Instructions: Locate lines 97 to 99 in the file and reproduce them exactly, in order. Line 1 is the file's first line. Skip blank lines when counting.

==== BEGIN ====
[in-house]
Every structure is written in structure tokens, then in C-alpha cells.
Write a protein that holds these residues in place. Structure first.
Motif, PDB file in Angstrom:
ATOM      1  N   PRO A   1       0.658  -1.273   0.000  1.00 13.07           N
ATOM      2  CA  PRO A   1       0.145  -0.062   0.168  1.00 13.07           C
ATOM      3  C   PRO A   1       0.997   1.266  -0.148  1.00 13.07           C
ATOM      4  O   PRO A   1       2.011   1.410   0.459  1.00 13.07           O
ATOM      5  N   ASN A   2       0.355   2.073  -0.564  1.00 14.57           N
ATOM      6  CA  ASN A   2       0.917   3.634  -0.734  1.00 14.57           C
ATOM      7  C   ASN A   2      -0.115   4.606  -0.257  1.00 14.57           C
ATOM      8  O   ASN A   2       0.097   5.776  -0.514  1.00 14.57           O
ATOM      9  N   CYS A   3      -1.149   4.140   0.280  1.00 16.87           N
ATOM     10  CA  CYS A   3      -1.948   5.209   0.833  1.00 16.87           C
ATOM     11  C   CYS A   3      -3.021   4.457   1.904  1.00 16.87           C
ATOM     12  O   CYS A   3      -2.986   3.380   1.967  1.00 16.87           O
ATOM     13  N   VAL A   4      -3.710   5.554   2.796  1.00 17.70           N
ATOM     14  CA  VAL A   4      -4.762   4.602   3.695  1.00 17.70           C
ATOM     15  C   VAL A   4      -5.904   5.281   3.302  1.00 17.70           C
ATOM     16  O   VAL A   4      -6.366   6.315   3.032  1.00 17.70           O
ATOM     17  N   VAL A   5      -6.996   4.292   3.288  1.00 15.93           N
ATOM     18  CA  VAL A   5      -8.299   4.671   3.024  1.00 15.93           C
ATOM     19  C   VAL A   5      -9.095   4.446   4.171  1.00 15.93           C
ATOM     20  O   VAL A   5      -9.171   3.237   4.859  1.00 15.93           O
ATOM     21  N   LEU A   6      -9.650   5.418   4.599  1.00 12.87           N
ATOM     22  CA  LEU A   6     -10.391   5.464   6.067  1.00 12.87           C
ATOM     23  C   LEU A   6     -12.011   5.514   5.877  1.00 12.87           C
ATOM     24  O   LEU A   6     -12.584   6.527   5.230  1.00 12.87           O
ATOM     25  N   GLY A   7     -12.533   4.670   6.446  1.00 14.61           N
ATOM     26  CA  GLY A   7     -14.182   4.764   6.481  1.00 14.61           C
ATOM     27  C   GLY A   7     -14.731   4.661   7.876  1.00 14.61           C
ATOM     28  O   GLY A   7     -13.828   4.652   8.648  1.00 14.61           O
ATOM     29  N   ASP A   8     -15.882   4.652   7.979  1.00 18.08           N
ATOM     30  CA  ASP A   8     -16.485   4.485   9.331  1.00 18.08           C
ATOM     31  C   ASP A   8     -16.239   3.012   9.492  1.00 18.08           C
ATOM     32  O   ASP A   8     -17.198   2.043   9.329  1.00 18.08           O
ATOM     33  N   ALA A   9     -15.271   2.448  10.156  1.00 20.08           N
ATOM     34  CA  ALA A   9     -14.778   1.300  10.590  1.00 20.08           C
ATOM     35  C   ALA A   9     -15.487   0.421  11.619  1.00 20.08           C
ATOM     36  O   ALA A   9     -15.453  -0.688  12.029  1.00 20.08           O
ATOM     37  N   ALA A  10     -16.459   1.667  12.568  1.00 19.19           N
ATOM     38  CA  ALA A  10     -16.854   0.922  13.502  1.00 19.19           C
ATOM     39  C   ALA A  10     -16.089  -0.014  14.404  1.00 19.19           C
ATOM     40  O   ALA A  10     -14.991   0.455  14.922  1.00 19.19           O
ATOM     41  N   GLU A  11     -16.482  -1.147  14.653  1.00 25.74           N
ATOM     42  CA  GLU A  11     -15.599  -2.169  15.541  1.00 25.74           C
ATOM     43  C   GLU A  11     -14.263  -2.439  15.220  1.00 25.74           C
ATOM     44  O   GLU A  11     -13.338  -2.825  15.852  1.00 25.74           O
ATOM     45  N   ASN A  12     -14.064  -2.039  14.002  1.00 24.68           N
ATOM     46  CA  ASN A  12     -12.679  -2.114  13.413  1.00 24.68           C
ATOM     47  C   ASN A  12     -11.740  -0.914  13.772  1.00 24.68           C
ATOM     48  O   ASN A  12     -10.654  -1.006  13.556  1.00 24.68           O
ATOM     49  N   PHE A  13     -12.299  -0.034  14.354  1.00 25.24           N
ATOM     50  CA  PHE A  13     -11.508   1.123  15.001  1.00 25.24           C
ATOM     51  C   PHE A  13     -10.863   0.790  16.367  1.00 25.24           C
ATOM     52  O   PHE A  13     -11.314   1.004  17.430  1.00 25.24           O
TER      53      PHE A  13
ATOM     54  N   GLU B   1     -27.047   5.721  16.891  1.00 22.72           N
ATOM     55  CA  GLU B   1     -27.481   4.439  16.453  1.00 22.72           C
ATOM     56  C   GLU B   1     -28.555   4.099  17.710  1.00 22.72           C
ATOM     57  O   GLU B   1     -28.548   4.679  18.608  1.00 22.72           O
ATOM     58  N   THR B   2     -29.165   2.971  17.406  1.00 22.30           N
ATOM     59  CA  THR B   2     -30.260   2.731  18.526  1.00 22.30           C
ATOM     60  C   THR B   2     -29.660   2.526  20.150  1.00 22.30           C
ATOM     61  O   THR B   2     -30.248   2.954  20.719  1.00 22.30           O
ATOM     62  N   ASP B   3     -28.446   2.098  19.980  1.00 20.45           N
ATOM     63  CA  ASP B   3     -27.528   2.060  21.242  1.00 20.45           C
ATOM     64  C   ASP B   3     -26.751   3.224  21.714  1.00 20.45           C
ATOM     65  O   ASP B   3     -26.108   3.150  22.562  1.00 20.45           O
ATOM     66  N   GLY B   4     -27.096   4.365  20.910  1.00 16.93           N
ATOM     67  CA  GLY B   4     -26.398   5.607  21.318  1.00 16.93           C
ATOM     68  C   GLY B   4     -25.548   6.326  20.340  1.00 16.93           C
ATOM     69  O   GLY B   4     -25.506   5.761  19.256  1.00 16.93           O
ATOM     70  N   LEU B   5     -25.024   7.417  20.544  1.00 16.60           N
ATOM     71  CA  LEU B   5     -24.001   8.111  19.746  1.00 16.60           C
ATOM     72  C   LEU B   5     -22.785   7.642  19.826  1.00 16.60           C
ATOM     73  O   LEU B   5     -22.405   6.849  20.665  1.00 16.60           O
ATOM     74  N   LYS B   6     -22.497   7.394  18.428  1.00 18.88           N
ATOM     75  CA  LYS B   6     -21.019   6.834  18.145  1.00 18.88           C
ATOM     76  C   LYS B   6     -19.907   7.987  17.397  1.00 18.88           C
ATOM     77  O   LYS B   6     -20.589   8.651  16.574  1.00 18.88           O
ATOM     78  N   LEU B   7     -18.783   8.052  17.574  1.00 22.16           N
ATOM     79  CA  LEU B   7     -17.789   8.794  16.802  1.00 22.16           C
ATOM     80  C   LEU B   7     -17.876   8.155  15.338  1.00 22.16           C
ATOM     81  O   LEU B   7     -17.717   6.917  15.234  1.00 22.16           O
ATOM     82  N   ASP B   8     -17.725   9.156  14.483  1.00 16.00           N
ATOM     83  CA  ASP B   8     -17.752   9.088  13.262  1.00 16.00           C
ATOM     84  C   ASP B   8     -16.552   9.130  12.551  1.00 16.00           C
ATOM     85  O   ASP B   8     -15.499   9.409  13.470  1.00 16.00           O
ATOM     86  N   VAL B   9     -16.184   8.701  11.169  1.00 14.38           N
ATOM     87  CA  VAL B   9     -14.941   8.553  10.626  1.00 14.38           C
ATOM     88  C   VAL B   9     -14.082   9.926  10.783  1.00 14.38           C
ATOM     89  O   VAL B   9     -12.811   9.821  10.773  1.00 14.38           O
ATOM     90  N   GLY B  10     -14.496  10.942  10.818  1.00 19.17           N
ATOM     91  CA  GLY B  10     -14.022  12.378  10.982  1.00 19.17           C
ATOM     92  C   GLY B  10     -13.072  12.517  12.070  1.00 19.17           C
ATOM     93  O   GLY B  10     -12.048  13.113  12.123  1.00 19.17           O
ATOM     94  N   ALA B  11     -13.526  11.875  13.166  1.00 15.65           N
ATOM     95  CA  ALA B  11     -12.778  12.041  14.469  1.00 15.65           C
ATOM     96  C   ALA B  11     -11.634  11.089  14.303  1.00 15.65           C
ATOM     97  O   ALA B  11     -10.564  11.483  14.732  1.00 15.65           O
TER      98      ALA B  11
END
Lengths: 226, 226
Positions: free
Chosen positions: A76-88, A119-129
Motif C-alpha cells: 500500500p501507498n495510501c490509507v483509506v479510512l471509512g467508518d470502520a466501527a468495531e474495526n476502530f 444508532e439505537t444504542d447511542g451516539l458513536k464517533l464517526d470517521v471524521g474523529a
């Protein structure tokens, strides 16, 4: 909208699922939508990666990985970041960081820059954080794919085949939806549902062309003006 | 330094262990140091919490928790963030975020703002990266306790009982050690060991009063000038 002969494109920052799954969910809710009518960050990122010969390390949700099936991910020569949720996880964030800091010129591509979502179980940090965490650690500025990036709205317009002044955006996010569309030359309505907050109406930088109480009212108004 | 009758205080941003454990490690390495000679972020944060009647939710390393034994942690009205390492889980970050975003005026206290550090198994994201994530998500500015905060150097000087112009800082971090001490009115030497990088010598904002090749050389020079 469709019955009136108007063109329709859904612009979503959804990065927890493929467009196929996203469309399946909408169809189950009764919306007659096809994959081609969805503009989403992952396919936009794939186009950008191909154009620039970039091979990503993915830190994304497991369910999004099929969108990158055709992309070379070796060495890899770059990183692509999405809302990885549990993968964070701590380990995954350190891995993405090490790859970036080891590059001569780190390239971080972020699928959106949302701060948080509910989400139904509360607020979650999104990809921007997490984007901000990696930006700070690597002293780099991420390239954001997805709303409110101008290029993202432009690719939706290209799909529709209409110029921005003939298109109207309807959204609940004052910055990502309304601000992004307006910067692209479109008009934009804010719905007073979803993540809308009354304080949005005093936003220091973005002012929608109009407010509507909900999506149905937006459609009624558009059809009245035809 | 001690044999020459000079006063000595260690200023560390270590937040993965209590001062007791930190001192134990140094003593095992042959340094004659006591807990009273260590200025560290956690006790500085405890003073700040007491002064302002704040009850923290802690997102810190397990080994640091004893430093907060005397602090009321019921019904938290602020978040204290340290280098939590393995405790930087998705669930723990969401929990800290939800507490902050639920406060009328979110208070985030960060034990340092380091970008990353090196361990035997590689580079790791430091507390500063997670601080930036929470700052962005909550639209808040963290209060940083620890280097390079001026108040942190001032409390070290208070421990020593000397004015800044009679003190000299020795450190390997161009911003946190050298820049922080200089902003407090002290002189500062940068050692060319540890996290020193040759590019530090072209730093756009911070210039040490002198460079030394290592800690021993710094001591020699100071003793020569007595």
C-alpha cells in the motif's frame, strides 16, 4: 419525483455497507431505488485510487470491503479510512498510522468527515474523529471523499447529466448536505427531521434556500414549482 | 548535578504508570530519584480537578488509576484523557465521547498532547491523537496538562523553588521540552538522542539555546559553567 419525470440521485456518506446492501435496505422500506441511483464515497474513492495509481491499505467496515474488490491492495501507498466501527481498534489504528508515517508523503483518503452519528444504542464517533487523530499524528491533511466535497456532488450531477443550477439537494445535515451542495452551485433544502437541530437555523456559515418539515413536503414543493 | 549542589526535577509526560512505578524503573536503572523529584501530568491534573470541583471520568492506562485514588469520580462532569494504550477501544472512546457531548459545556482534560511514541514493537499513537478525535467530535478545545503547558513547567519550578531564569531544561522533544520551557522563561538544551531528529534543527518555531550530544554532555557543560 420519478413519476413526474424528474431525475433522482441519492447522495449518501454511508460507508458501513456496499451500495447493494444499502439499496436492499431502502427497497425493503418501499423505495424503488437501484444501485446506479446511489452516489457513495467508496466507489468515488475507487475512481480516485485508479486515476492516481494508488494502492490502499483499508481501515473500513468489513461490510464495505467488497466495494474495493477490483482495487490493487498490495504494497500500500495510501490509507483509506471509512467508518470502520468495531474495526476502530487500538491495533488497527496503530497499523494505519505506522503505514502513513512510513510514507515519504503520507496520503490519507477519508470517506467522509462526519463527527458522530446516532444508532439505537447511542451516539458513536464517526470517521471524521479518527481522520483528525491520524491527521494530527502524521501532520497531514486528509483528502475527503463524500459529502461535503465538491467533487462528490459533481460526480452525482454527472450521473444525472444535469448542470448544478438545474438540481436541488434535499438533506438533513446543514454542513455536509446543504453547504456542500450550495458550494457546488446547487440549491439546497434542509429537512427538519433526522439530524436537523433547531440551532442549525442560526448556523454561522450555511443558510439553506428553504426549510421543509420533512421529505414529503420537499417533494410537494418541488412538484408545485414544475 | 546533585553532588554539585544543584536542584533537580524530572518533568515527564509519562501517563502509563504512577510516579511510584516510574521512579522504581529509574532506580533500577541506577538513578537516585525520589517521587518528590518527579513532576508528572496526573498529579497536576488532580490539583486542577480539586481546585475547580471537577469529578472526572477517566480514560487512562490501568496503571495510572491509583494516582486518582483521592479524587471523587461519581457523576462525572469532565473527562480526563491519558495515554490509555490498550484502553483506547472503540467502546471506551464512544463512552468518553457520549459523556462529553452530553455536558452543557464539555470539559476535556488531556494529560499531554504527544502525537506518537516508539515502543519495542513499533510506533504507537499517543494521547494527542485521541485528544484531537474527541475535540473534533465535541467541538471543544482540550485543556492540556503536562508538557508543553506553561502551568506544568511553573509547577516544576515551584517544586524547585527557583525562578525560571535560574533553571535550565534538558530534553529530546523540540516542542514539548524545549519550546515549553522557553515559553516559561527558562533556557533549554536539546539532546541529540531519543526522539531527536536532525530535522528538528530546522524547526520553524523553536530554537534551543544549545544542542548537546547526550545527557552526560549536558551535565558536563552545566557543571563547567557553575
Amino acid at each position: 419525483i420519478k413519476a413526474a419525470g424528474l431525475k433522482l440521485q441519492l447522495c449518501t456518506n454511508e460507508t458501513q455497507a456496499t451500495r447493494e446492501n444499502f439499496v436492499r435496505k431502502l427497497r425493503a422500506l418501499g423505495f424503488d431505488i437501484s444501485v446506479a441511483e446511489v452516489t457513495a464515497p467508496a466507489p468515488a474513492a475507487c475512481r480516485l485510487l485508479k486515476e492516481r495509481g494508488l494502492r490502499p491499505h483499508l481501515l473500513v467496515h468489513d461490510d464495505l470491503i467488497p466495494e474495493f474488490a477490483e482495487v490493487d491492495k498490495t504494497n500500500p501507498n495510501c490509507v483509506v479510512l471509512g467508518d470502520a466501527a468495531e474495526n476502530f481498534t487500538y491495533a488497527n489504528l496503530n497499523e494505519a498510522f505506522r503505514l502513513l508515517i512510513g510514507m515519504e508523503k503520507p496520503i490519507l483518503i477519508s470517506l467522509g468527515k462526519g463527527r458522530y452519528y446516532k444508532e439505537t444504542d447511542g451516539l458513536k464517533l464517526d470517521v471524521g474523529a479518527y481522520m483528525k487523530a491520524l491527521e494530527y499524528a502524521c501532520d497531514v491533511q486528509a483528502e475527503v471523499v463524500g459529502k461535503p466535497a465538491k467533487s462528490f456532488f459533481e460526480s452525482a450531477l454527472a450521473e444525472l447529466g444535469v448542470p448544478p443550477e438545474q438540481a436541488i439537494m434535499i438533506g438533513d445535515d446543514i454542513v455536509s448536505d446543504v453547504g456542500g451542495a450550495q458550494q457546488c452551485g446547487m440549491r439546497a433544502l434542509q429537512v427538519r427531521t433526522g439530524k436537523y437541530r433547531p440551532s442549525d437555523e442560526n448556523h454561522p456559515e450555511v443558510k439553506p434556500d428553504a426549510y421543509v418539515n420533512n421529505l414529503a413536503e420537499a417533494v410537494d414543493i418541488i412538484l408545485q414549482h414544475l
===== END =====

ATOM     93  O   GLY B  10     -12.048  13.113  12.123  1.00 19.17           O
ATOM     94  N   ALA B  11     -13.526  11.875  13.166  1.00 15.65           N
ATOM     95  CA  ALA B  11     -12.778  12.041  14.469  1.00 15.65           C